7. Still_Holler, when you say the sides of the still are insulated, do you mean the still itself is insulated (double walled)?
  8. We use thumpers and really like the flavor profile they yield. You're definitely not going to skip a second run though, they're just not that efficient. Our stripping runs will yield about 30-40% abv, then we'll yield about 75% on our low wines run. You can absolutely use them to add flavors to your distillate, we run two thumpers in series and use the second thumper as a kind of gin basket for our botanicals. They're definitely not as efficient as a couple of plates and you'll be hard pressed to do a single pass anything but we've found them to be very versatile, and provide a flavor profile that we love. As with a lot of things in distilling, they're not THE way to make tasty product but they certainly are A way and if it fits with how you like to distill and yields a product you like then go for it.
  9. We've got a similar set up, we've been running an X-44 under one of our stills for the past 5 years. On agitation, you're definitely going to want it. The easiest/cheapest way is what Southernhighlander describes; braze in like a 1" a pipe either tangential to the outer wall or (easier) running down from the top of the still to just above the bottom, throw a ball valve, on it and then a 1" PT to tri-clamp adapter. You probably have a centrifugal process pump, you just need hi temp hose, and you can recirculate out of the drain valve and back into the recirc pipe while you're boiling, works great. On the burner, get a welding tip cleaner kit and carefully ream out the jets, if they were starved for O2 before they may be carbed up and aren't putting out what they could, this is good regular maint.. I think what's happening on heat up time is the change from brick to combustion chamber. The brick holds in a lot of heat and really helps with the boil, but you need the bottom of the stack open enough to let in plenty of combustion air. The combustion chamber resolves the air issue at the expense of holding onto the heat, the vast majority of the heating is now limited to the bottom of the still, so you're not getting any heating to speak of on the sides of the still. Finally, in order to provide enough combustion air, you've got a stack on the combustion chamber which as it heats up drafts, which pulls heat out of the combustion chamber reducing it's efficiency. This is just my take on it but what I would do with your current set up is 1) ad the recirc pipe and recirc for all the reasons mentioned by previous posters 2) ditch the vent pipe 3) put some kind of spacer between the combustion chamber and the still (1" square bar?) so the heat vents up the side of the still rather that out the stack 4) I'd play with the bricks again, try a loose stack at the bottom to allow plenty of air flow, tighten up when you get to still height and keep them maybe 3-4 inches away from the still so the heat and combustion air can get out. The idea is make a sweater, hold the heat close to the still but let it flow. Good luck!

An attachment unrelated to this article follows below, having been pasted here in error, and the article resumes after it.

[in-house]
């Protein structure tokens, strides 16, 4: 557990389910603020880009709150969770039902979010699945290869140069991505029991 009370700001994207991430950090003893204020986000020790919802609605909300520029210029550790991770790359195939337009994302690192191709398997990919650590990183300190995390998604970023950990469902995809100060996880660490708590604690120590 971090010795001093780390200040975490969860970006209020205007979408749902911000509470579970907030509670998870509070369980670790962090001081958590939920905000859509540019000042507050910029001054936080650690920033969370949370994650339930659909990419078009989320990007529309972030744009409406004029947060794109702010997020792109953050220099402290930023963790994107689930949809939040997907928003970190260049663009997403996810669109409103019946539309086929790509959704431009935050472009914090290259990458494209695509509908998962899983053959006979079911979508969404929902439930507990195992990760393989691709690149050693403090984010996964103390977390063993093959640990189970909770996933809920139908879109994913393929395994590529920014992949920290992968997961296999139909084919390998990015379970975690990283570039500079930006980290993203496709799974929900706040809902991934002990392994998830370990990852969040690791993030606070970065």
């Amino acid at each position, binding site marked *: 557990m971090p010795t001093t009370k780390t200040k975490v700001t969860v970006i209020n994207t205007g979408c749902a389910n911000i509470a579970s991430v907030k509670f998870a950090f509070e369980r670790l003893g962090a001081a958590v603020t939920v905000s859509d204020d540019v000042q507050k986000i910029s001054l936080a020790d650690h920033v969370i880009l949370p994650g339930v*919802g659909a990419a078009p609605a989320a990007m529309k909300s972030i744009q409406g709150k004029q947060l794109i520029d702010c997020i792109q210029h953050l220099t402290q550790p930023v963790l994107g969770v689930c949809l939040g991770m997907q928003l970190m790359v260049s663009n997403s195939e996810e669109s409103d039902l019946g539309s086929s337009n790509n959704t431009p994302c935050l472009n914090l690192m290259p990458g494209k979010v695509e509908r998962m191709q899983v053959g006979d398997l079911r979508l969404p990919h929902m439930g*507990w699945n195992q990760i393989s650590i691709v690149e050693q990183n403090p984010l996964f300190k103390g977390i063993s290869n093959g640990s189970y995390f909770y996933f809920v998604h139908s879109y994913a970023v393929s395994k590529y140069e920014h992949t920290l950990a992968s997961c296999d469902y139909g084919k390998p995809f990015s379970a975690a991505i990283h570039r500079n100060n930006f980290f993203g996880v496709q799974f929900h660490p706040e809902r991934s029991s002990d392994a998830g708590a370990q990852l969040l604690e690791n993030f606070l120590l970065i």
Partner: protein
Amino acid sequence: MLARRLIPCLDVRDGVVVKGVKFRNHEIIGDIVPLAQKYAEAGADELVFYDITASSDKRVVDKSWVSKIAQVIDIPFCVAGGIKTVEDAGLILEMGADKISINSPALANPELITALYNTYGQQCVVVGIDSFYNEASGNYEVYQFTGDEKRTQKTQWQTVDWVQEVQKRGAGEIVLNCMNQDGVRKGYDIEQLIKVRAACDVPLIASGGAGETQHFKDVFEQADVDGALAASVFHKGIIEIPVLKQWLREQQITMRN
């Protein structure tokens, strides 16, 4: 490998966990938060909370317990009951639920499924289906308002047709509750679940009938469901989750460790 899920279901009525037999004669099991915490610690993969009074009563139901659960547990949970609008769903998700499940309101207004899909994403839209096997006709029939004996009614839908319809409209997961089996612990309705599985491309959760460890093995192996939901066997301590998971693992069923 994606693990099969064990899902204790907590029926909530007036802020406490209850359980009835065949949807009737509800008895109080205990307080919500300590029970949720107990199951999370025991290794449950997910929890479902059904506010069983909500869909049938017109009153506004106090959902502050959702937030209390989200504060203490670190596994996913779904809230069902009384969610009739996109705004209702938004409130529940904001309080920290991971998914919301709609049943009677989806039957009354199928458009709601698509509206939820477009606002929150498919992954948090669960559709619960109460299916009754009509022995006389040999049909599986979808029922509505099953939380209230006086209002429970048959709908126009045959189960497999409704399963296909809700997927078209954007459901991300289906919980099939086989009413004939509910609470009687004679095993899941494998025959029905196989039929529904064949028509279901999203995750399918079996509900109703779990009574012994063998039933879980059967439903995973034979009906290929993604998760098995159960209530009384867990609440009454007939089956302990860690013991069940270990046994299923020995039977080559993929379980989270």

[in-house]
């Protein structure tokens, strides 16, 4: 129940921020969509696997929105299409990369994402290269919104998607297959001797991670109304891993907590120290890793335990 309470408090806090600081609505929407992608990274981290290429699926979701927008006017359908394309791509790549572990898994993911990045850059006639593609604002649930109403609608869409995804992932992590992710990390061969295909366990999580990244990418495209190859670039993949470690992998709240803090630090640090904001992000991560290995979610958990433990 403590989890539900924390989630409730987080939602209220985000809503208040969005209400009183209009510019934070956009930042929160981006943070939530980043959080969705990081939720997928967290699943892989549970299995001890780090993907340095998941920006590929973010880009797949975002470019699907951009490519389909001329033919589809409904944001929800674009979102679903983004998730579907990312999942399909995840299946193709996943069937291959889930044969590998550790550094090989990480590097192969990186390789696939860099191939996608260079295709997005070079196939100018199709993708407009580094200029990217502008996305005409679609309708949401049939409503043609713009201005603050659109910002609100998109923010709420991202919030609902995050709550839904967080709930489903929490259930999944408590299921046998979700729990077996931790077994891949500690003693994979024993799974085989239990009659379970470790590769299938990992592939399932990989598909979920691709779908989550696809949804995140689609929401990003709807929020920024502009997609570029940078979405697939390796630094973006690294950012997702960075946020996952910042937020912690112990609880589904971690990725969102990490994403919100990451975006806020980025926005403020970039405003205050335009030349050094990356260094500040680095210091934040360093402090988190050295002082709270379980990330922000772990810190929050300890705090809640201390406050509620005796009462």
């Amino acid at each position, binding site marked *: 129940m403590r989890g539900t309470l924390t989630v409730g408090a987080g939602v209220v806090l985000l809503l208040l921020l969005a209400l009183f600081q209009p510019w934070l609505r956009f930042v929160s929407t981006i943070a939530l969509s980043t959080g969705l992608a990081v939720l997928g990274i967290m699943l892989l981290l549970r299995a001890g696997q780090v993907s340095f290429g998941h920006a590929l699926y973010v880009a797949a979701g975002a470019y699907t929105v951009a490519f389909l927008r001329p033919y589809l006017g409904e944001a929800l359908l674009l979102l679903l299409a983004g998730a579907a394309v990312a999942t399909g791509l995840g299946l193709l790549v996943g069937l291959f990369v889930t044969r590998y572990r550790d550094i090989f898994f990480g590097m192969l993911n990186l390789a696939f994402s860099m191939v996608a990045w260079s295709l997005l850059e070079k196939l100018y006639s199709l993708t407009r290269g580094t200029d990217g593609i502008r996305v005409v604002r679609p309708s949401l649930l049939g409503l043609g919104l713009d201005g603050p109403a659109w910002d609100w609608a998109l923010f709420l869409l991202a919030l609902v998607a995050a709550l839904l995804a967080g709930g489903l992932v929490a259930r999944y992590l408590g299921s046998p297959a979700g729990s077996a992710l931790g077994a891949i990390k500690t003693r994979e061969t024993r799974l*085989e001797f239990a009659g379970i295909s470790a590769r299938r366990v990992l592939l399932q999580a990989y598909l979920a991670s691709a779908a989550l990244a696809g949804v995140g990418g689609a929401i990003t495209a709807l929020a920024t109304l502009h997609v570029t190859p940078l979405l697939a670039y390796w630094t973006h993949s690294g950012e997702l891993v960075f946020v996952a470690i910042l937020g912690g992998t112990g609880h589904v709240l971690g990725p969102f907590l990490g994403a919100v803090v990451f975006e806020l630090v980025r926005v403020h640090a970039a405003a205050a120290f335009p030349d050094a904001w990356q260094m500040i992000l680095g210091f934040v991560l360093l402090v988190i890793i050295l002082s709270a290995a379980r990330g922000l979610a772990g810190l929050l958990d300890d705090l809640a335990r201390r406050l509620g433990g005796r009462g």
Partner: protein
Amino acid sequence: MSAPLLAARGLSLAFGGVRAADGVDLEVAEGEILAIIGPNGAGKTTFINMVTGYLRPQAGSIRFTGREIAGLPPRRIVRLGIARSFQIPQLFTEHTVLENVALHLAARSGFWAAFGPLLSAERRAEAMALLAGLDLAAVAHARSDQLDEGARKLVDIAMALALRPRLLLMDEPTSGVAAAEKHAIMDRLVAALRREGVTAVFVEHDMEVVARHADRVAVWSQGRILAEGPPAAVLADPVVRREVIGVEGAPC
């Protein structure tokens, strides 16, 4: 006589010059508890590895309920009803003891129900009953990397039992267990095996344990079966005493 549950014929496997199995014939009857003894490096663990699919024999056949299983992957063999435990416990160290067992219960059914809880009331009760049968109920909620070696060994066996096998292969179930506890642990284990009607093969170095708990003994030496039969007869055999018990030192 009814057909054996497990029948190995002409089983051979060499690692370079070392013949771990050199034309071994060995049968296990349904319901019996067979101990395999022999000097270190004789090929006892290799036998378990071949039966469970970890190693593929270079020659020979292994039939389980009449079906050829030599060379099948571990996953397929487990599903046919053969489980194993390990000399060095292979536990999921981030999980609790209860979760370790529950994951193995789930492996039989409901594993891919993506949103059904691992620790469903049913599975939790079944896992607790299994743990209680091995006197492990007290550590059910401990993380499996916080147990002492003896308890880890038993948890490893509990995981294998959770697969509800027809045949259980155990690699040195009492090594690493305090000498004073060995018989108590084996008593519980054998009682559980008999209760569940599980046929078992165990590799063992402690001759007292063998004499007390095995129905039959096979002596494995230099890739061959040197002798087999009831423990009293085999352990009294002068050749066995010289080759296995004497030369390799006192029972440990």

10. We found that the problem with the cheap ones online is that there is no contrast so you cannot see the grid in the counting chamber which essentially turns it into any old slide and cover slip. you can get a good used bright field hemocytometer on ebay and will be much better off.
  11. Haven't worked with the drums before but it seems to me I've seen folks lift the drum up on it's side, drain valve toward the bottom and then put a little compressed air into the breather port on the top of the drum lid. That would assume there are two ports on the drum lid, one larger than the other. be careful to only put enough air to establish and maintain flow, you don't want to put the spurs to the drum and blow the lid or seam. again, never done it but ought to work. good luck
  12. Hey man! We'd love to have you stop by on your way through Portland. Give a call when you think you'll be passing through, 207-878-9759.
  13. I hear you man, I got a bit nappy myself looking over it this morning!